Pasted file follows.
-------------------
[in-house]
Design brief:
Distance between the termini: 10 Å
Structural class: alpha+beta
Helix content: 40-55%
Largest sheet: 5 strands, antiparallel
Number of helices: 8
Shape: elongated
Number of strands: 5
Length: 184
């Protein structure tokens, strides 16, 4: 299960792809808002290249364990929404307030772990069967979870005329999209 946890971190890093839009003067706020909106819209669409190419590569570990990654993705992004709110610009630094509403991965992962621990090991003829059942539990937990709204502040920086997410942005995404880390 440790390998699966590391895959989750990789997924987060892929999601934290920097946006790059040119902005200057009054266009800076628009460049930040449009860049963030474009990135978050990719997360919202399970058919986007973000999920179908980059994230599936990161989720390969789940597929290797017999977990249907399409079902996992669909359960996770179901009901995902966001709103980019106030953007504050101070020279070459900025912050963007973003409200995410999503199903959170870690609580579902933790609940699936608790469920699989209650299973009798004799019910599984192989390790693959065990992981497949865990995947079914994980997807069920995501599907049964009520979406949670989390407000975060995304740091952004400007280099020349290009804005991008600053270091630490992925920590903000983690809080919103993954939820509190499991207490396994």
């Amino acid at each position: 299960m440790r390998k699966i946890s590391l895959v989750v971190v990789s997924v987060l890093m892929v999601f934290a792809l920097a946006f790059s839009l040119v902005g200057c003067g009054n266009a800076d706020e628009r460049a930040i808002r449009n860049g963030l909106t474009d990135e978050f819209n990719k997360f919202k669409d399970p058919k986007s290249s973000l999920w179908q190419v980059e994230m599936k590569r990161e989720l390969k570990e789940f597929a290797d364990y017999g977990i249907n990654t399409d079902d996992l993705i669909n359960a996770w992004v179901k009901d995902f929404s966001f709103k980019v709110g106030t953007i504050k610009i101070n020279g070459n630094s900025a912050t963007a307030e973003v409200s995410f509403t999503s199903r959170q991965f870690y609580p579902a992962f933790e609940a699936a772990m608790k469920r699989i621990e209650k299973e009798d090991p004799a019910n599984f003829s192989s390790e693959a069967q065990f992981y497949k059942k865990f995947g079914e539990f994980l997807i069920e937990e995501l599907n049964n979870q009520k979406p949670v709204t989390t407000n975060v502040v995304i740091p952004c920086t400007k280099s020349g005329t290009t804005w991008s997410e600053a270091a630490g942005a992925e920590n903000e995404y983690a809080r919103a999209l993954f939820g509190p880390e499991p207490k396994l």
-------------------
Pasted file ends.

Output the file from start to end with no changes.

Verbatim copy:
[in-house]
Design brief:
Distance between the termini: 10 Å
Structural class: alpha+beta
Helix content: 40-55%
Largest sheet: 5 strands, antiparallel
Number of helices: 8
Shape: elongated
Number of strands: 5
Length: 184
């Protein structure tokens, strides 16, 4: 299960792809808002290249364990929404307030772990069967979870005329999209 946890971190890093839009003067706020909106819209669409190419590569570990990654993705992004709110610009630094509403991965992962621990090991003829059942539990937990709204502040920086997410942005995404880390 440790390998699966590391895959989750990789997924987060892929999601934290920097946006790059040119902005200057009054266009800076628009460049930040449009860049963030474009990135978050990719997360919202399970058919986007973000999920179908980059994230599936990161989720390969789940597929290797017999977990249907399409079902996992669909359960996770179901009901995902966001709103980019106030953007504050101070020279070459900025912050963007973003409200995410999503199903959170870690609580579902933790609940699936608790469920699989209650299973009798004799019910599984192989390790693959065990992981497949865990995947079914994980997807069920995501599907049964009520979406949670989390407000975060995304740091952004400007280099020349290009804005991008600053270091630490992925920590903000983690809080919103993954939820509190499991207490396994």
């Amino acid at each position: 299960m440790r390998k699966i946890s590391l895959v989750v971190v990789s997924v987060l890093m892929v999601f934290a792809l920097a946006f790059s839009l040119v902005g200057c003067g009054n266009a800076d706020e628009r460049a930040i808002r449009n860049g963030l909106t474009d990135e978050f819209n990719k997360f919202k669409d399970p058919k986007s290249s973000l999920w179908q190419v980059e994230m599936k590569r990161e989720l390969k570990e789940f597929a290797d364990y017999g977990i249907n990654t399409d079902d996992l993705i669909n359960a996770w992004v179901k009901d995902f929404s966001f709103k980019v709110g106030t953007i504050k610009i101070n020279g070459n630094s900025a912050t963007a307030e973003v409200s995410f509403t999503s199903r959170q991965f870690y609580p579902a992962f933790e609940a699936a772990m608790k469920r699989i621990e209650k299973e009798d090991p004799a019910n599984f003829s192989s390790e693959a069967q065990f992981y497949k059942k865990f995947g079914e539990f994980l997807i069920e937990e995501l599907n049964n979870q009520k979406p949670v709204t989390t407000n975060v502040v995304i740091p952004c920086t400007k280099s020349g005329t290009t804005w991008s997410e600053a270091a630490g942005a992925e920590n903000e995404y983690a809080r919103a999209l993954f939820g509190p880390e499991p207490k396994l």